As we mentioned earlier, though, it could all have been very different. Cower in the back of the store and eventually the guy behind the counter gets a bullet in the head when he refuses to hand over the cash. Successfully sneak up on the robber and you can take him out by force. Or you can talk him round without any violence. Either way, Shelby gets his evidence, but Quantic Dream is hoping that Heavy Rain will make you consider your actions and empathise with your on-screen characters.
The game is certainly more concerned with character interaction and atmosphere than it is about thrills. A second demo level, shown to us behind closed doors contained no traditional action whatsoever – it was just Ethan Mars looking after his son and reminiscing about the child he lost two years earlier. David Cage, founder of Quantic Dream, is hoping that these openly human scenes will help the player form bonds with the characters and keep the game grounded – making it feel more like a piece of interactive cinema than what we traditionally think of as a videogame.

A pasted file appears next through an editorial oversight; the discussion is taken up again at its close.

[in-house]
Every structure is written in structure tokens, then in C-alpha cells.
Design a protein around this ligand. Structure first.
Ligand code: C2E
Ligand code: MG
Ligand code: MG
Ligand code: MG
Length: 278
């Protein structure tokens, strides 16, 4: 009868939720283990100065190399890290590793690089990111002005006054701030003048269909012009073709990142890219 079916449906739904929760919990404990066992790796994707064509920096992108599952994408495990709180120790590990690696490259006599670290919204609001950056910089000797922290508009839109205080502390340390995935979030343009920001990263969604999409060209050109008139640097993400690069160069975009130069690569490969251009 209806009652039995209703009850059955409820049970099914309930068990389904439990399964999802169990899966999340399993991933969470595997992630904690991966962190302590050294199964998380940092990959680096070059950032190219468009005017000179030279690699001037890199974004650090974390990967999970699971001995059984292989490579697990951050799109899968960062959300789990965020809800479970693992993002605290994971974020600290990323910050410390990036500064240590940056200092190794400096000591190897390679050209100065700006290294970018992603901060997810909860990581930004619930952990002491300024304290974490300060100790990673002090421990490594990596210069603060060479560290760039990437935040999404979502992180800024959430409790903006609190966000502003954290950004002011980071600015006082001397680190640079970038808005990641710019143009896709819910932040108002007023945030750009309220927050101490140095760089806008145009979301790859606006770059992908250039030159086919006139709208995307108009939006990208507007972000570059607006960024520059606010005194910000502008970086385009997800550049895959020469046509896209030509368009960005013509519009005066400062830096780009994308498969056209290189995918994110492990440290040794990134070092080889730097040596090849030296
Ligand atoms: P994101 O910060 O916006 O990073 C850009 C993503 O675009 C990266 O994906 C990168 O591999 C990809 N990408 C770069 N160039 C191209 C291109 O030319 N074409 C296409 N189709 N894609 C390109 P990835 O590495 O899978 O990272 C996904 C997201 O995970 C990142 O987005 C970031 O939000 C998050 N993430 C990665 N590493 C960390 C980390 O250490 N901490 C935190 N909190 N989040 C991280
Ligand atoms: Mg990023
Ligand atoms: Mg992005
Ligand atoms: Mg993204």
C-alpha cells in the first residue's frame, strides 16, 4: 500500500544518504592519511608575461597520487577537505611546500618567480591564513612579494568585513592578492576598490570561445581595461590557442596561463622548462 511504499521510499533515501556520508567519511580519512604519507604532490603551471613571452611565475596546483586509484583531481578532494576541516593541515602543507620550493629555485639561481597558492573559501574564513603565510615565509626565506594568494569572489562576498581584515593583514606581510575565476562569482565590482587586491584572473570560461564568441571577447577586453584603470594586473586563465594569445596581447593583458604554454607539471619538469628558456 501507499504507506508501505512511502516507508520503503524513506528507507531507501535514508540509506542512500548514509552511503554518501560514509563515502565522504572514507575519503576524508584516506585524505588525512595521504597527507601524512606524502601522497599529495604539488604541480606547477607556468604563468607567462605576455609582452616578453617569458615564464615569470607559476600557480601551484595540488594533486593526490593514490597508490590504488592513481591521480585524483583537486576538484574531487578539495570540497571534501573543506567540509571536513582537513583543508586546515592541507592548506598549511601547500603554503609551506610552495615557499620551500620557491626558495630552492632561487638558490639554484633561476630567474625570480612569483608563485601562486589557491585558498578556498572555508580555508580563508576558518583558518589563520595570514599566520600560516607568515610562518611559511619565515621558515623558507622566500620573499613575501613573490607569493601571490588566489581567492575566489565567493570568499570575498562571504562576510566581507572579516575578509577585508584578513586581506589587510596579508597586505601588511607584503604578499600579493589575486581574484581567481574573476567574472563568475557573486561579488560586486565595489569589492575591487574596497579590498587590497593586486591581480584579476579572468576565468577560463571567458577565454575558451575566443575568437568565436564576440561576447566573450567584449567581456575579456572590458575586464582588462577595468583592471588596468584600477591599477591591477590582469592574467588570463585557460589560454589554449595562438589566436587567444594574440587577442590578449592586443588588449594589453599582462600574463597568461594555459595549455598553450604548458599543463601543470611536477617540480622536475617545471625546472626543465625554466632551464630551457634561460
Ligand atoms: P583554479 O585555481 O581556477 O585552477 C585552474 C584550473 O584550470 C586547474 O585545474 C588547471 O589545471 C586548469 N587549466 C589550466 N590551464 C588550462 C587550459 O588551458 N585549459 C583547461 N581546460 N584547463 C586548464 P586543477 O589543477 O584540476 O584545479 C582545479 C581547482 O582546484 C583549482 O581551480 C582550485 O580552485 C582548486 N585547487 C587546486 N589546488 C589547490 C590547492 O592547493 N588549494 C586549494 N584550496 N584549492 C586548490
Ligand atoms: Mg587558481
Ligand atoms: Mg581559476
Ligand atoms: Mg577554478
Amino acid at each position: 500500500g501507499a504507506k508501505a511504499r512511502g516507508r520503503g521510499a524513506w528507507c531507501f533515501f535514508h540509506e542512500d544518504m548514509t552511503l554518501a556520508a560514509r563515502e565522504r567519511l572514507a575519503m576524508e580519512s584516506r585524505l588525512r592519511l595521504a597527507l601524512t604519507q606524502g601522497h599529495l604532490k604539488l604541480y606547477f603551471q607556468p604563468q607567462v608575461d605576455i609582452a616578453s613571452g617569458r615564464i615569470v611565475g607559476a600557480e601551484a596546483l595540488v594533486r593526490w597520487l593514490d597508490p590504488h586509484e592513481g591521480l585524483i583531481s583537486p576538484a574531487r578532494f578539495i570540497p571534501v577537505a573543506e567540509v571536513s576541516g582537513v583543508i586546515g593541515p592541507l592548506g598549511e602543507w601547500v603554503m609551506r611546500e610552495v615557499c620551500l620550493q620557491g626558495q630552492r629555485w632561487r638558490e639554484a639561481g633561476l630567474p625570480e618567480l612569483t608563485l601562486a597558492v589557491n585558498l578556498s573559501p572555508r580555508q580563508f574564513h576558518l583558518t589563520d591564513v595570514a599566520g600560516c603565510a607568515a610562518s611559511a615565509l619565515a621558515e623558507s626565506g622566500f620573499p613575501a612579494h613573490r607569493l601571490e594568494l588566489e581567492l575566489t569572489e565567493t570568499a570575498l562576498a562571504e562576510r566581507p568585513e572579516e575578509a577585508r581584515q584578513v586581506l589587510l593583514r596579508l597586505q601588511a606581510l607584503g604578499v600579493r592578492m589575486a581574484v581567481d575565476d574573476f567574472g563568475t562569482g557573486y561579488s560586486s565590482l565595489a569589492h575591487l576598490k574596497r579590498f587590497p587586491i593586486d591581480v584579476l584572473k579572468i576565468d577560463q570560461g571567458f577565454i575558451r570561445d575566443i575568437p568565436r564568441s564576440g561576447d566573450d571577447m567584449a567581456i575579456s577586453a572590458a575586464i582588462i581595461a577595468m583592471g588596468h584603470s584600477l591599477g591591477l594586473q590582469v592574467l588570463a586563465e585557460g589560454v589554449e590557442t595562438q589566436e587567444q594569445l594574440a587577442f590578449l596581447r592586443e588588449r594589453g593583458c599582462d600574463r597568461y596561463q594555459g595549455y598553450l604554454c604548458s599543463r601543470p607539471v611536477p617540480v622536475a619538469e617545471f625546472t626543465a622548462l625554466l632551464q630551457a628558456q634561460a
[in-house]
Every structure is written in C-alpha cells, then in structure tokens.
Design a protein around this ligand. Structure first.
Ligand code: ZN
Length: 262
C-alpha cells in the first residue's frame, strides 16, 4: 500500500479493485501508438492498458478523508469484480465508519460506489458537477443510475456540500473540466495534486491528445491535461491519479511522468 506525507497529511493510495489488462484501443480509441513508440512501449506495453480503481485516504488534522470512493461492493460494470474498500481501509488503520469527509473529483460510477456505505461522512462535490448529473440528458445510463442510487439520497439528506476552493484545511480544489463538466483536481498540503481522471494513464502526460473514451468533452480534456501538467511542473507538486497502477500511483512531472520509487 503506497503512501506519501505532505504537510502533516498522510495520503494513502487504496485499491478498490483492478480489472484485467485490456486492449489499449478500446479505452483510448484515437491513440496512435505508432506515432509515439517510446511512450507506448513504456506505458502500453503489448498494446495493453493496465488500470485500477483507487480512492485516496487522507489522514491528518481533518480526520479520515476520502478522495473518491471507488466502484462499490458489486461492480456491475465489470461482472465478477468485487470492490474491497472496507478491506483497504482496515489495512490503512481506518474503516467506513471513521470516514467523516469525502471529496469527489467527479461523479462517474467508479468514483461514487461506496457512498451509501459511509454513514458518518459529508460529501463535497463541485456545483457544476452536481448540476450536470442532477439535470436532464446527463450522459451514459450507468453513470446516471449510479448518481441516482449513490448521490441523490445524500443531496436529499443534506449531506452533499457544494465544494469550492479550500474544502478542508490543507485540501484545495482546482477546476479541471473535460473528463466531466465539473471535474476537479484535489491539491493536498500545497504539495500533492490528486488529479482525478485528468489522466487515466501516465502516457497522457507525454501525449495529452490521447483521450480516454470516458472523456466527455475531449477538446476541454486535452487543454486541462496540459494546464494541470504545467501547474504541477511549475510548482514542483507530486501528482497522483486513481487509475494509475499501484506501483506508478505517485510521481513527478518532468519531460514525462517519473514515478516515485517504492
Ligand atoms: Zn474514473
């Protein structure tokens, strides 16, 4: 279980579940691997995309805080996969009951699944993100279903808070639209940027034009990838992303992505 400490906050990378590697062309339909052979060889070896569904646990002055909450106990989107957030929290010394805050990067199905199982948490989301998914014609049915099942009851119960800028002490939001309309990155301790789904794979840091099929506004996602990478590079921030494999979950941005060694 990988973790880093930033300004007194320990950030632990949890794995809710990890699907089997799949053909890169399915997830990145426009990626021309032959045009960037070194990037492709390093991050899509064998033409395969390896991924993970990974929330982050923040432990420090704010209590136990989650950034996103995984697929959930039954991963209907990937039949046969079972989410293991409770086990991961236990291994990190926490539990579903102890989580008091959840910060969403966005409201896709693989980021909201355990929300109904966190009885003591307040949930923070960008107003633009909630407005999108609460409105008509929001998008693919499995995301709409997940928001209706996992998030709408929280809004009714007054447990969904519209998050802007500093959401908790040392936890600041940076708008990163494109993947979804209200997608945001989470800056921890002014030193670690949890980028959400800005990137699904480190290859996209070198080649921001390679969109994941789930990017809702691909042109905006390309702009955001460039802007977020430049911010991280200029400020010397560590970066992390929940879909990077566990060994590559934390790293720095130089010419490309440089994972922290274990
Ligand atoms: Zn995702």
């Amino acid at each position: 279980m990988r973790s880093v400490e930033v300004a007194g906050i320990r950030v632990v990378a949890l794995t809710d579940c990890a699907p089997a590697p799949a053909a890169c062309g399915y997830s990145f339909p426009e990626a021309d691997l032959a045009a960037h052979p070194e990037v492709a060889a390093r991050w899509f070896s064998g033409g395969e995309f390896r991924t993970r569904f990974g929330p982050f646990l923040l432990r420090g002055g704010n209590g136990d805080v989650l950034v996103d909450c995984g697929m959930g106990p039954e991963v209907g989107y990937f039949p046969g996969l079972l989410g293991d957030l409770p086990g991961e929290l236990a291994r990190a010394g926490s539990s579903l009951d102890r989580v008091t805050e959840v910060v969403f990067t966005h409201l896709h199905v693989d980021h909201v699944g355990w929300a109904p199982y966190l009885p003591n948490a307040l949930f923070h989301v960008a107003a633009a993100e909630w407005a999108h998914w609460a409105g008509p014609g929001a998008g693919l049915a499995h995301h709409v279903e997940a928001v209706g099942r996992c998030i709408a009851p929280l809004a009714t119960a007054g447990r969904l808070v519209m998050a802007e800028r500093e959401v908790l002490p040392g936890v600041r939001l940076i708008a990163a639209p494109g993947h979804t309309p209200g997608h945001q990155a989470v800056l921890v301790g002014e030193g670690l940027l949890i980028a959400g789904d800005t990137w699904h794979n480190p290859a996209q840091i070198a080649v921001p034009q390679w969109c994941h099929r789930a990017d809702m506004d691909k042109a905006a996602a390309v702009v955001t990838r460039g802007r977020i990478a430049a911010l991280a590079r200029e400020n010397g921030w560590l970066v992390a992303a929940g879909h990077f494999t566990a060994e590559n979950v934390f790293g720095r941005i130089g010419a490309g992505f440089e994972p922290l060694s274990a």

He’s also keen to point out that the game isn’t all about Quick Time Events. Each player movement is context sensitive, so you can’t just pick a book off a shelf unless the button prompt appears. However, we’re yet to see any scripted moments where you have to press X to not die. Even the Mad Jack fight sequence shown at E3 was all about context sensitive commands rather than QTEs. This may seem like splitting hairs, but to describe Heavy Rain as one long Quick Time Event is to do it an injustice.
Regardless of how interesting the plot turns out to be (Heavy Rain will live or die by its story) this game will stand out as a pioneer in the move to bring emotion, and by turn, realism into games. In parts, interesting, offbeat and oft willfully banal – but only the most conservative gamers need shelter from Heavy Rain.
Sep 30, 2009